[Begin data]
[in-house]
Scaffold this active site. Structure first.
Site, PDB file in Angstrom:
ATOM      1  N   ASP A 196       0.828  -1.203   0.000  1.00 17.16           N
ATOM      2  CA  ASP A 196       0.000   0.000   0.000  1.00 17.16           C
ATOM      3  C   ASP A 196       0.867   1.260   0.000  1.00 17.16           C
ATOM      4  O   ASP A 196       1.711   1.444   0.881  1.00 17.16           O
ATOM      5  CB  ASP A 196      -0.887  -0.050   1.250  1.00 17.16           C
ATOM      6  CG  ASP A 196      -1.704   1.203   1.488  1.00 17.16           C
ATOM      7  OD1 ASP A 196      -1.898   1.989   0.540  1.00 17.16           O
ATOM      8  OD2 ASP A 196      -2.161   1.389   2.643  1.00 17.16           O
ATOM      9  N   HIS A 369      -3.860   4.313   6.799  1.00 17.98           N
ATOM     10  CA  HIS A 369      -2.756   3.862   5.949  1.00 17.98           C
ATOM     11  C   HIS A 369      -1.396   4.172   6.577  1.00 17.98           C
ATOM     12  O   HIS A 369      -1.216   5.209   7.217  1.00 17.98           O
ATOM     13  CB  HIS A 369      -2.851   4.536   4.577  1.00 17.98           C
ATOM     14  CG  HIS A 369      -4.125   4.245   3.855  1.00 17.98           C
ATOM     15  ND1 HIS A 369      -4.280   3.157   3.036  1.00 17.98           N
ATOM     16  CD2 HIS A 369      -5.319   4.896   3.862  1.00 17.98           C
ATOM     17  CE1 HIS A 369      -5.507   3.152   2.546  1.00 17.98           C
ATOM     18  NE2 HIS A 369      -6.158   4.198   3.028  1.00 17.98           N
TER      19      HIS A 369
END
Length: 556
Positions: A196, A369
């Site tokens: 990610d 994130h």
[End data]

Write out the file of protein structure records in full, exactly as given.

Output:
[in-house]
Scaffold this active site. Structure first.
Site, PDB file in Angstrom:
ATOM      1  N   ASP A 196       0.828  -1.203   0.000  1.00 17.16           N
ATOM      2  CA  ASP A 196       0.000   0.000   0.000  1.00 17.16           C
ATOM      3  C   ASP A 196       0.867   1.260   0.000  1.00 17.16           C
ATOM      4  O   ASP A 196       1.711   1.444   0.881  1.00 17.16           O
ATOM      5  CB  ASP A 196      -0.887  -0.050   1.250  1.00 17.16           C
ATOM      6  CG  ASP A 196      -1.704   1.203   1.488  1.00 17.16           C
ATOM      7  OD1 ASP A 196      -1.898   1.989   0.540  1.00 17.16           O
ATOM      8  OD2 ASP A 196      -2.161   1.389   2.643  1.00 17.16           O
ATOM      9  N   HIS A 369      -3.860   4.313   6.799  1.00 17.98           N
ATOM     10  CA  HIS A 369      -2.756   3.862   5.949  1.00 17.98           C
ATOM     11  C   HIS A 369      -1.396   4.172   6.577  1.00 17.98           C
ATOM     12  O   HIS A 369      -1.216   5.209   7.217  1.00 17.98           O
ATOM     13  CB  HIS A 369      -2.851   4.536   4.577  1.00 17.98           C
ATOM     14  CG  HIS A 369      -4.125   4.245   3.855  1.00 17.98           C
ATOM     15  ND1 HIS A 369      -4.280   3.157   3.036  1.00 17.98           N
ATOM     16  CD2 HIS A 369      -5.319   4.896   3.862  1.00 17.98           C
ATOM     17  CE1 HIS A 369      -5.507   3.152   2.546  1.00 17.98           C
ATOM     18  NE2 HIS A 369      -6.158   4.198   3.028  1.00 17.98           N
TER      19      HIS A 369
END
Length: 556
Positions: A196, A369
């Site tokens: 990610d 994130h």